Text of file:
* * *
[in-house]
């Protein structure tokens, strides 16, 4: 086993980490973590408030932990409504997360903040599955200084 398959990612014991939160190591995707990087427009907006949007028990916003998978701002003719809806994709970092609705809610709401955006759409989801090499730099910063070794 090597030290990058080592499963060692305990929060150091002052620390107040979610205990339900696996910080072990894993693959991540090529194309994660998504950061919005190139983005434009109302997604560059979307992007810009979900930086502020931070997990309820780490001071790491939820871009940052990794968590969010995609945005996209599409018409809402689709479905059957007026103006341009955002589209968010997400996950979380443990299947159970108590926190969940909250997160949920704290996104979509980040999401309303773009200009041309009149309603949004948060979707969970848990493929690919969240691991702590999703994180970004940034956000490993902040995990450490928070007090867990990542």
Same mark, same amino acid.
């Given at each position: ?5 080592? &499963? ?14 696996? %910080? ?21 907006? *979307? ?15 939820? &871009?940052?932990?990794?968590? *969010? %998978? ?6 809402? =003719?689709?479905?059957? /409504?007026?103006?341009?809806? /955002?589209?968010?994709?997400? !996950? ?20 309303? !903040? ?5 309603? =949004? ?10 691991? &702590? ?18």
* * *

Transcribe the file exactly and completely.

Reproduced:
[in-house]
């Protein structure tokens, strides 16, 4: 086993980490973590408030932990409504997360903040599955200084 398959990612014991939160190591995707990087427009907006949007028990916003998978701002003719809806994709970092609705809610709401955006759409989801090499730099910063070794 090597030290990058080592499963060692305990929060150091002052620390107040979610205990339900696996910080072990894993693959991540090529194309994660998504950061919005190139983005434009109302997604560059979307992007810009979900930086502020931070997990309820780490001071790491939820871009940052990794968590969010995609945005996209599409018409809402689709479905059957007026103006341009955002589209968010997400996950979380443990299947159970108590926190969940909250997160949920704290996104979509980040999401309303773009200009041309009149309603949004948060979707969970848990493929690919969240691991702590999703994180970004940034956000490993902040995990450490928070007090867990990542």
Same mark, same amino acid.
């Given at each position: ?5 080592? &499963? ?14 696996? %910080? ?21 907006? *979307? ?15 939820? &871009?940052?932990?990794?968590? *969010? %998978? ?6 809402? =003719?689709?479905?059957? /409504?007026?103006?341009?809806? /955002?589209?968010?994709?997400? !996950? ?20 309303? !903040? ?5 309603? =949004? ?10 691991? &702590? ?18």